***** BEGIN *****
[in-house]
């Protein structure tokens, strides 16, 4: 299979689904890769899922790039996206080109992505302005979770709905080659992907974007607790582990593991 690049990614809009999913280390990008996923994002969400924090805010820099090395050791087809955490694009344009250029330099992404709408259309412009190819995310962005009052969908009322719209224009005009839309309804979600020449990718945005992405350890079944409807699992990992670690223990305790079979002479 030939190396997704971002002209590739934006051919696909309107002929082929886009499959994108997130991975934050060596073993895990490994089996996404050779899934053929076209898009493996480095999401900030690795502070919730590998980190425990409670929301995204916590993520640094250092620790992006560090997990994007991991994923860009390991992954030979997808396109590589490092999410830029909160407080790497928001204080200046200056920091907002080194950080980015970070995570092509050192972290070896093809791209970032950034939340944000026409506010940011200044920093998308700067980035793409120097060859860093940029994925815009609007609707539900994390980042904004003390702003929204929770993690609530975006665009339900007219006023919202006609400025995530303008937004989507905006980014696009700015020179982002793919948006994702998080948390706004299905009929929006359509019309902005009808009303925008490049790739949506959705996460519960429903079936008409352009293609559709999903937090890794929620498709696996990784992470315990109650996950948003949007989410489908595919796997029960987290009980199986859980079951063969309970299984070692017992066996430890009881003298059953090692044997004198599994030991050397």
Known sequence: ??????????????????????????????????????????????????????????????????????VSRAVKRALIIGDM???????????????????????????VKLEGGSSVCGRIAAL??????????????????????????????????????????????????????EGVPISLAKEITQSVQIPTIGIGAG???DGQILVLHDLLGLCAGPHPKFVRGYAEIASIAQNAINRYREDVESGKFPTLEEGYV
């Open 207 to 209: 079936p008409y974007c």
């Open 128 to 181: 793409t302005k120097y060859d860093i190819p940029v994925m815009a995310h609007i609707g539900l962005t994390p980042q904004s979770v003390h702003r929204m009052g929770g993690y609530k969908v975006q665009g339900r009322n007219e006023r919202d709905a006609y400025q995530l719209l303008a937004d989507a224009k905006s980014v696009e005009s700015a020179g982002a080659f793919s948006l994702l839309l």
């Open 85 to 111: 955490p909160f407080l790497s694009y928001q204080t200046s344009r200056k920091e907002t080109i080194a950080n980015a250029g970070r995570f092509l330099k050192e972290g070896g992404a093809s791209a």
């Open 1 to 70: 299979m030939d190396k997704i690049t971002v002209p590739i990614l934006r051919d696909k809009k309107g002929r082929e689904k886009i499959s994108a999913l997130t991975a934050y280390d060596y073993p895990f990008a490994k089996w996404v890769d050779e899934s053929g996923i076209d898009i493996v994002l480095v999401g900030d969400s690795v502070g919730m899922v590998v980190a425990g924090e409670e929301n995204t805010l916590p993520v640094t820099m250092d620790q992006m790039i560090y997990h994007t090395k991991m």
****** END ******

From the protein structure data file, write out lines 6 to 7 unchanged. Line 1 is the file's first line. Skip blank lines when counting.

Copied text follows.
């Open 85 to 111: 955490p909160f407080l790497s694009y928001q204080t200046s344009r200056k920091e907002t080109i080194a950080n980015a250029g970070r995570f092509l330099k050192e972290g070896g992404a093809s791209a």
């Open 1 to 70: 299979m030939d190396k997704i690049t971002v002209p590739i990614l934006r051919d696909k809009k309107g002929r082929e689904k886009i499959s994108a999913l997130t991975a934050y280390d060596y073993p895990f990008a490994k089996w996404v890769d050779e899934s053929g996923i076209d898009i493996v994002l480095v999401g900030d969400s690795v502070g919730m899922v590998v980190a425990g924090e409670e929301n995204t805010l916590p993520v640094t820099m250092d620790q992006m790039i560090y997990h994007t090395k991991m």